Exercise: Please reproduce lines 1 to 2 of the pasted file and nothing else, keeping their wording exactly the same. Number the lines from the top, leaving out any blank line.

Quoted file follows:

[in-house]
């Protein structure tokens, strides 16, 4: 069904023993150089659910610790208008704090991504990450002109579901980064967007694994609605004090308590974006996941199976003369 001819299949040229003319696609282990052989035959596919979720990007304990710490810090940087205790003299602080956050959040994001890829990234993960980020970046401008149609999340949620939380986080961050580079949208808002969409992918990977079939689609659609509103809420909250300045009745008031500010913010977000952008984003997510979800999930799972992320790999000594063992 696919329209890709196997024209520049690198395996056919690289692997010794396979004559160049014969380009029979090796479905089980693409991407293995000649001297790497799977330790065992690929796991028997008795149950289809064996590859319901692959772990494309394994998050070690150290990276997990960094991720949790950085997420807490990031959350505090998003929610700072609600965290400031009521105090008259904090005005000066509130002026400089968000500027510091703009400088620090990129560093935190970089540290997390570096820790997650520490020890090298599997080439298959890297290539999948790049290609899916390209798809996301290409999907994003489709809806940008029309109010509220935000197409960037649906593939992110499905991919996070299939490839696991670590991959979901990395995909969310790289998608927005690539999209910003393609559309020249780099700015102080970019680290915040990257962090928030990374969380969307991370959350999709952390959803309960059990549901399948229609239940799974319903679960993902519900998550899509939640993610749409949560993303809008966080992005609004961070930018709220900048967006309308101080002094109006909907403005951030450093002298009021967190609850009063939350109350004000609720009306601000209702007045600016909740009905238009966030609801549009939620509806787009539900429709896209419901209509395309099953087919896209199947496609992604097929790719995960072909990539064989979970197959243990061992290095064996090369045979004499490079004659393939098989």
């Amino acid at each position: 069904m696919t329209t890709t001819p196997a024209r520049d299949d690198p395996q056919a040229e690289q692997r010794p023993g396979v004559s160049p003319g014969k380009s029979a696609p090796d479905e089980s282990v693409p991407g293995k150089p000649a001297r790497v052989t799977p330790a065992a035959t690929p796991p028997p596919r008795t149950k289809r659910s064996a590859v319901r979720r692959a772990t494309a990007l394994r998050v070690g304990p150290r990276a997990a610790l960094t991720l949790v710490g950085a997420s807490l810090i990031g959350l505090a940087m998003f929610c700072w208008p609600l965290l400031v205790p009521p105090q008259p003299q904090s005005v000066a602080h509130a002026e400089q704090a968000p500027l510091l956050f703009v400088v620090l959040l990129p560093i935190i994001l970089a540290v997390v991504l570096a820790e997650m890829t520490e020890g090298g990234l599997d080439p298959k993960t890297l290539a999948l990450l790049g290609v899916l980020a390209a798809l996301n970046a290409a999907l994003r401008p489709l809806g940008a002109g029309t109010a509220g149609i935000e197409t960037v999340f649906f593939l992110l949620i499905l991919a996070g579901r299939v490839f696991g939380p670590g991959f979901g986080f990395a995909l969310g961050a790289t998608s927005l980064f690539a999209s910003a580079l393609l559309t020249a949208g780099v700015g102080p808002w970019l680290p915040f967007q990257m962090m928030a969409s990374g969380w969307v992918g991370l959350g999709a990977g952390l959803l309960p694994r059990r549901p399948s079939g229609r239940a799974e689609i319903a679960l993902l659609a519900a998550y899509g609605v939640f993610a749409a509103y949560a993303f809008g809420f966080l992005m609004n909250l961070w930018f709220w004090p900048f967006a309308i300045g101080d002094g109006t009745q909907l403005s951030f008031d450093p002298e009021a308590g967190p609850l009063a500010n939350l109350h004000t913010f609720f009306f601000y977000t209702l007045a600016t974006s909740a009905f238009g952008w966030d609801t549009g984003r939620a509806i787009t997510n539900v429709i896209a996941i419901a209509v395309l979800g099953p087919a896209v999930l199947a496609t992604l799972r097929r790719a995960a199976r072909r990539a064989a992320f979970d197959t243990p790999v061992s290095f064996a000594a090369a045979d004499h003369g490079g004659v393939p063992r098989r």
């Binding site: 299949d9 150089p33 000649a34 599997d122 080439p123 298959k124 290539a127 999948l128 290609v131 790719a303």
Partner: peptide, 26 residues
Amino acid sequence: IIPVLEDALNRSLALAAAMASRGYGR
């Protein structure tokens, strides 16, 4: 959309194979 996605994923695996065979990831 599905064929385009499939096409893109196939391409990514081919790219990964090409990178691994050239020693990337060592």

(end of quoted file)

[in-house]
């Protein structure tokens, strides 16, 4: 069904023993150089659910610790208008704090991504990450002109579901980064967007694994609605004090308590974006996941199976003369 001819299949040229003319696609282990052989035959596919979720990007304990710490810090940087205790003299602080956050959040994001890829990234993960980020970046401008149609999340949620939380986080961050580079949208808002969409992918990977079939689609659609509103809420909250300045009745008031500010913010977000952008984003997510979800999930799972992320790999000594063992 696919329209890709196997024209520049690198395996056919690289692997010794396979004559160049014969380009029979090796479905089980693409991407293995000649001297790497799977330790065992690929796991028997008795149950289809064996590859319901692959772990494309394994998050070690150290990276997990960094991720949790950085997420807490990031959350505090998003929610700072609600965290400031009521105090008259904090005005000066509130002026400089968000500027510091703009400088620090990129560093935190970089540290997390570096820790997650520490020890090298599997080439298959890297290539999948790049290609899916390209798809996301290409999907994003489709809806940008029309109010509220935000197409960037649906593939992110499905991919996070299939490839696991670590991959979901990395995909969310790289998608927005690539999209910003393609559309020249780099700015102080970019680290915040990257962090928030990374969380969307991370959350999709952390959803309960059990549901399948229609239940799974319903679960993902519900998550899509939640993610749409949560993303809008966080992005609004961070930018709220900048967006309308101080002094109006909907403005951030450093002298009021967190609850009063939350109350004000609720009306601000209702007045600016909740009905238009966030609801549009939620509806787009539900429709896209419901209509395309099953087919896209199947496609992604097929790719995960072909990539064989979970197959243990061992290095064996090369045979004499490079004659393939098989």